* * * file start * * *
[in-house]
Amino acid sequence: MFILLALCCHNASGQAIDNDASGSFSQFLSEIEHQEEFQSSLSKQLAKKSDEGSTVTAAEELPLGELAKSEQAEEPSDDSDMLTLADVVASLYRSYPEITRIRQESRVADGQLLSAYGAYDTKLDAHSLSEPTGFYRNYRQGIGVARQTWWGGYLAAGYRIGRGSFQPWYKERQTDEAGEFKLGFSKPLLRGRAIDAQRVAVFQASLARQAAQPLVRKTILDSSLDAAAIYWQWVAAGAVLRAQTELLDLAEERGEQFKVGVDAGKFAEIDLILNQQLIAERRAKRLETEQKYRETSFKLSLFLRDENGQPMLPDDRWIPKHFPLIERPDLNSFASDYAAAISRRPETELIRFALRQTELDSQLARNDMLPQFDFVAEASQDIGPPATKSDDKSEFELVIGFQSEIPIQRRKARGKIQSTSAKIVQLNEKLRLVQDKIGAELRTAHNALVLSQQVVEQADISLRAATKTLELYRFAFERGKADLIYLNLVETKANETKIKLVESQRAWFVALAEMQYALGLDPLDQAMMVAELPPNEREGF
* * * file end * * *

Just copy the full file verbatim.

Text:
[in-house]
Amino acid sequence: MFILLALCCHNASGQAIDNDASGSFSQFLSEIEHQEEFQSSLSKQLAKKSDEGSTVTAAEELPLGELAKSEQAEEPSDDSDMLTLADVVASLYRSYPEITRIRQESRVADGQLLSAYGAYDTKLDAHSLSEPTGFYRNYRQGIGVARQTWWGGYLAAGYRIGRGSFQPWYKERQTDEAGEFKLGFSKPLLRGRAIDAQRVAVFQASLARQAAQPLVRKTILDSSLDAAAIYWQWVAAGAVLRAQTELLDLAEERGEQFKVGVDAGKFAEIDLILNQQLIAERRAKRLETEQKYRETSFKLSLFLRDENGQPMLPDDRWIPKHFPLIERPDLNSFASDYAAAISRRPETELIRFALRQTELDSQLARNDMLPQFDFVAEASQDIGPPATKSDDKSEFELVIGFQSEIPIQRRKARGKIQSTSAKIVQLNEKLRLVQDKIGAELRTAHNALVLSQQVVEQADISLRAATKTLELYRFAFERGKADLIYLNLVETKANETKIKLVESQRAWFVALAEMQYALGLDPLDQAMMVAELPPNEREGF